Mentor/s

Nicole Roy

Participation Type

Poster

Abstract

Di-butyl phthalate (DBP) is a phthalic acid ester (PAE) added during manufacturing of plastic compounds to provide strength, yet keep plastics flexible. DBP is found in products like shower curtains, raincoats, bowls, vinyl fabrics, and medical tubing. However, PAEs are not covalently bound and easily leach into the environment. DBP is found in air, soil and water samples as a noted biological pollutant. Studying the impacts DBP on the developmental stages of life is important as this period underscores the development of adult structures. Zebrafish are used as a model organism in our study due to their physical attributes and presence in other toxicology studies. Our research studies the effects of DBP on embryonic hindbrain development in zebrafish. The findings show that DBP alters the length and width of the Mauthner neurons in rhombomere 4 of the hindbrain. Further, we note alterations and disruptions in branchiomotor neuron development and migration patterns. We conclude that exposure to environmentally relevant concentrations of DBP during embryonic stages is neurotoxic to the development of the hindbrain.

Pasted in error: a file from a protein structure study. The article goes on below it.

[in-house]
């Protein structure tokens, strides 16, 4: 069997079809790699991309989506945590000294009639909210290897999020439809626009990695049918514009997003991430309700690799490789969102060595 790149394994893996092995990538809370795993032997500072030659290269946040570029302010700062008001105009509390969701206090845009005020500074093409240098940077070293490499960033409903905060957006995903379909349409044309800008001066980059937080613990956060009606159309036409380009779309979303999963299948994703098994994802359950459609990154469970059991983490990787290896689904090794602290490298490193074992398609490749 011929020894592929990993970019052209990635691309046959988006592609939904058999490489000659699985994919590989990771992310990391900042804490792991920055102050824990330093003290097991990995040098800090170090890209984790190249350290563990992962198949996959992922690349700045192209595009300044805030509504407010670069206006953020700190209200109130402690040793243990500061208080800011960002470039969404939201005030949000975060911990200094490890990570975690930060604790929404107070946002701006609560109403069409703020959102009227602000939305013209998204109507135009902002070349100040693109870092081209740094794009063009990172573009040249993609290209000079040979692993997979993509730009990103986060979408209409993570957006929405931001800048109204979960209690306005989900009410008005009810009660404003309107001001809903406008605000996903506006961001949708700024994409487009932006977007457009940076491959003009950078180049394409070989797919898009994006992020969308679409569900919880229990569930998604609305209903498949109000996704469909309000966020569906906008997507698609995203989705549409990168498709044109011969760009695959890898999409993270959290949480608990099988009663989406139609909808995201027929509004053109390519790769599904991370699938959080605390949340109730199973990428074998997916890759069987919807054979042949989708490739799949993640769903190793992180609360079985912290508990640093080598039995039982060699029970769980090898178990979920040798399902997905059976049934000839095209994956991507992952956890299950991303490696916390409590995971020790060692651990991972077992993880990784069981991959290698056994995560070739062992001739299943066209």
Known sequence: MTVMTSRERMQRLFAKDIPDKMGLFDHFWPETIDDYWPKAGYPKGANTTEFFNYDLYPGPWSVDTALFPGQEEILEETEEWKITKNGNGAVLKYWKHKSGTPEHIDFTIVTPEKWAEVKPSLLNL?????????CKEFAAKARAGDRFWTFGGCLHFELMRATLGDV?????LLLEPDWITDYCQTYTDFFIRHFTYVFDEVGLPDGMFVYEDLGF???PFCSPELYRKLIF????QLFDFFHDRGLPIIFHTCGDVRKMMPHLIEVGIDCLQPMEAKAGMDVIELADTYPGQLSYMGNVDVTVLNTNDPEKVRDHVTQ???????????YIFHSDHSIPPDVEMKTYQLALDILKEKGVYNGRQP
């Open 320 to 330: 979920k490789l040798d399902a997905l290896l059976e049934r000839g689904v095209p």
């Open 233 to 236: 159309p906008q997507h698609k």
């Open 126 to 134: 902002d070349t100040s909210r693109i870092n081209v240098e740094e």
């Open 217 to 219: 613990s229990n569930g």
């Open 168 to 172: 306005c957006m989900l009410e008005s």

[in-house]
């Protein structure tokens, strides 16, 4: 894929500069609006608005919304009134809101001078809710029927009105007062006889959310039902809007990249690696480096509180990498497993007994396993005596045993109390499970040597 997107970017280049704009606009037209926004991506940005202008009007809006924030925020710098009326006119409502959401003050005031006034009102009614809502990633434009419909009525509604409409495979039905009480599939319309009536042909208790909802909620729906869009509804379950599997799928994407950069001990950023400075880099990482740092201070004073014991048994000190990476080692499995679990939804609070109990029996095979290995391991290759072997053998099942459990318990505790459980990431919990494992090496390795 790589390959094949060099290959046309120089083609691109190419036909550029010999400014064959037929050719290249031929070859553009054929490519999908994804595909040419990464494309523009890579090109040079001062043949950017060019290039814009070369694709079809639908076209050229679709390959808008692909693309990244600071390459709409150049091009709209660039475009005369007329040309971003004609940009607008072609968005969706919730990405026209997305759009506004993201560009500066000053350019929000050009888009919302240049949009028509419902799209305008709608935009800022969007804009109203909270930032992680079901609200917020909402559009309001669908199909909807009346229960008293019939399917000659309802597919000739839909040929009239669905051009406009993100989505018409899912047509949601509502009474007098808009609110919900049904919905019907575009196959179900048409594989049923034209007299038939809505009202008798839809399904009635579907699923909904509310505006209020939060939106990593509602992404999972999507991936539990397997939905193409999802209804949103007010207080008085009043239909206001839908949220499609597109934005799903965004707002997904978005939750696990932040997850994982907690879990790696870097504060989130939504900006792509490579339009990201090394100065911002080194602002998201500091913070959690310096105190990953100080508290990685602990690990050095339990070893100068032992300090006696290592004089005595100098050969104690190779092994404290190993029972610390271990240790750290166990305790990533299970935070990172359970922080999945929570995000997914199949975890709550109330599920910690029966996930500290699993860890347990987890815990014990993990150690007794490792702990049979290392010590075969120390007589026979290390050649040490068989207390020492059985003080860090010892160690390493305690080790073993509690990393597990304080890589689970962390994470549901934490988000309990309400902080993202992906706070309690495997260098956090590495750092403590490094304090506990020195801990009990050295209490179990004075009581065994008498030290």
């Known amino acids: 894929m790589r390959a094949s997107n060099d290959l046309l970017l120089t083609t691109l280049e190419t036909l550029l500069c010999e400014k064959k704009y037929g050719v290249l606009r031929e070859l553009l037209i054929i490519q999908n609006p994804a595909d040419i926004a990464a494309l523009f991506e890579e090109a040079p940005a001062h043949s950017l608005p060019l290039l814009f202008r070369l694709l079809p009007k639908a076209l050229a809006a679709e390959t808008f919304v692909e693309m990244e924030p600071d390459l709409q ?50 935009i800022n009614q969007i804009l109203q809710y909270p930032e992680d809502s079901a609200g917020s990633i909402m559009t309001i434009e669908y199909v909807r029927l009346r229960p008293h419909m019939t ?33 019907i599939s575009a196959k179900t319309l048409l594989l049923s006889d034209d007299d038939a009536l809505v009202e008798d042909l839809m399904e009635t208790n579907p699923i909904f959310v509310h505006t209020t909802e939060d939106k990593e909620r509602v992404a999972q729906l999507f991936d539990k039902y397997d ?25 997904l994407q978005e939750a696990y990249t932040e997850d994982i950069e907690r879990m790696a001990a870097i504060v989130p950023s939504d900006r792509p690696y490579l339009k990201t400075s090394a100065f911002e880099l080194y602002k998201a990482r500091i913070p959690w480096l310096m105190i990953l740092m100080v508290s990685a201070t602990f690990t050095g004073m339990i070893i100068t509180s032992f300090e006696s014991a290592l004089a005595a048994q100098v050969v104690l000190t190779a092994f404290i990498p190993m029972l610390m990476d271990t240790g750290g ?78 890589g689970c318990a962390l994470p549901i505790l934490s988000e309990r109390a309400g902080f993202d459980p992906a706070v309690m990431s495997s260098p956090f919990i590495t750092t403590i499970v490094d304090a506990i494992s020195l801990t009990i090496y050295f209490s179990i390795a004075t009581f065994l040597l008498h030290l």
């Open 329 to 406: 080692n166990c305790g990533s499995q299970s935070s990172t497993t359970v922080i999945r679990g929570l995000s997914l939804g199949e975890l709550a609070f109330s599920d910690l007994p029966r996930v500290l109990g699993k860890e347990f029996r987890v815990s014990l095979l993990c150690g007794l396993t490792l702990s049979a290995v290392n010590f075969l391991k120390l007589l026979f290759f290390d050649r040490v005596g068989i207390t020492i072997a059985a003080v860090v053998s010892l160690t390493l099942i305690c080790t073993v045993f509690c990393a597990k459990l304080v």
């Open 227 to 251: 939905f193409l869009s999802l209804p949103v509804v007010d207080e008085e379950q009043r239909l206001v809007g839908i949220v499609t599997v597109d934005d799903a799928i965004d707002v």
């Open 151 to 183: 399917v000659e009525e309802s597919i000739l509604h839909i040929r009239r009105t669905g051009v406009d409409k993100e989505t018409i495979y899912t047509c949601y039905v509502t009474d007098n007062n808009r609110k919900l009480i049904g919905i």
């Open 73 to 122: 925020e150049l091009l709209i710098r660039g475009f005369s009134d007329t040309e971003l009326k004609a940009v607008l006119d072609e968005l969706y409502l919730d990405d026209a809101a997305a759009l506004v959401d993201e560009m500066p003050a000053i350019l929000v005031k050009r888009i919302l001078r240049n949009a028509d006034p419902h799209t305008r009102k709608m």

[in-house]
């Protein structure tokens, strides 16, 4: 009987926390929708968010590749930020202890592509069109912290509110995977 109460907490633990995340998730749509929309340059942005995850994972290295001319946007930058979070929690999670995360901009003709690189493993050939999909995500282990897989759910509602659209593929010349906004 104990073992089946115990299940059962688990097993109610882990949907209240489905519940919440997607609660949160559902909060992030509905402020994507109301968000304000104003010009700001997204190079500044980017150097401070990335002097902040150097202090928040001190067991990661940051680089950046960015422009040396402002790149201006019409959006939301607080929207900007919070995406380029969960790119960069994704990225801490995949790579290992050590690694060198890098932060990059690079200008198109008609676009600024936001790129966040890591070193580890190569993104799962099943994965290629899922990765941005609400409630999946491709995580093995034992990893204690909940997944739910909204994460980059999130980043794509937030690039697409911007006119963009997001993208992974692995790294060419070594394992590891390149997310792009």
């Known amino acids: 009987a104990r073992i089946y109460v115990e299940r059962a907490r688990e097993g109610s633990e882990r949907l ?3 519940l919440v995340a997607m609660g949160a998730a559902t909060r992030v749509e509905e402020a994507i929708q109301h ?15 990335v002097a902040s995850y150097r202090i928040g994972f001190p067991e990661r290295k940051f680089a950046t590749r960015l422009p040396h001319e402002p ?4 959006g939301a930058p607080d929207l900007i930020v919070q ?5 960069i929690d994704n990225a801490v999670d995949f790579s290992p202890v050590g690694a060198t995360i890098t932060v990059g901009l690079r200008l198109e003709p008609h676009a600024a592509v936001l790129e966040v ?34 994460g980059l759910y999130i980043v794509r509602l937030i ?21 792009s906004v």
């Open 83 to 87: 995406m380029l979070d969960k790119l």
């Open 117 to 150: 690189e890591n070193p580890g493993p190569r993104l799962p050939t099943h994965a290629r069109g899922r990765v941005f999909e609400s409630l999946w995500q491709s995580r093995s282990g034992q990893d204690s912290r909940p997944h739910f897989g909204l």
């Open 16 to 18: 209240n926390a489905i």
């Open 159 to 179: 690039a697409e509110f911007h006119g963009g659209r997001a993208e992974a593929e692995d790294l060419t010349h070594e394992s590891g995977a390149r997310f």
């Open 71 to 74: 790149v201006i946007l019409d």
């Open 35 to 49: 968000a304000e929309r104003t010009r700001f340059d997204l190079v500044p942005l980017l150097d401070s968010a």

College and Major available

Biology, Chemistry, Chemistry MS

Course Name and Number, Professor Name

BI-390-H, Nicole Roy

Location

Digital Commons & West Campus West Building

Start Day/Time

4-29-2022 1:00 PM

End Day/Time

4-29-2022 4:00 PM

Students' Information

Evelyn Paquette, Biochemistry BS/MS, Honors, 2023

Alissa Rodrigues, Biology, 2022

Naomi Mumper, Molecular and Cell Biology, 2022

Sierrah Rich, Neuroscience, 2022 Winner, Dean's Prize: College of Arts & Sciences 2022 award.

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Apr 29th, 1:00 PM Apr 29th, 4:00 PM

Hindbrain Defects Induced by Di-butyl Phthalate (DBP) in Developing Zebrafish Embryos

Digital Commons & West Campus West Building

Di-butyl phthalate (DBP) is a phthalic acid ester (PAE) added during manufacturing of plastic compounds to provide strength, yet keep plastics flexible. DBP is found in products like shower curtains, raincoats, bowls, vinyl fabrics, and medical tubing. However, PAEs are not covalently bound and easily leach into the environment. DBP is found in air, soil and water samples as a noted biological pollutant. Studying the impacts DBP on the developmental stages of life is important as this period underscores the development of adult structures. Zebrafish are used as a model organism in our study due to their physical attributes and presence in other toxicology studies. Our research studies the effects of DBP on embryonic hindbrain development in zebrafish. The findings show that DBP alters the length and width of the Mauthner neurons in rhombomere 4 of the hindbrain. Further, we note alterations and disruptions in branchiomotor neuron development and migration patterns. We conclude that exposure to environmentally relevant concentrations of DBP during embryonic stages is neurotoxic to the development of the hindbrain.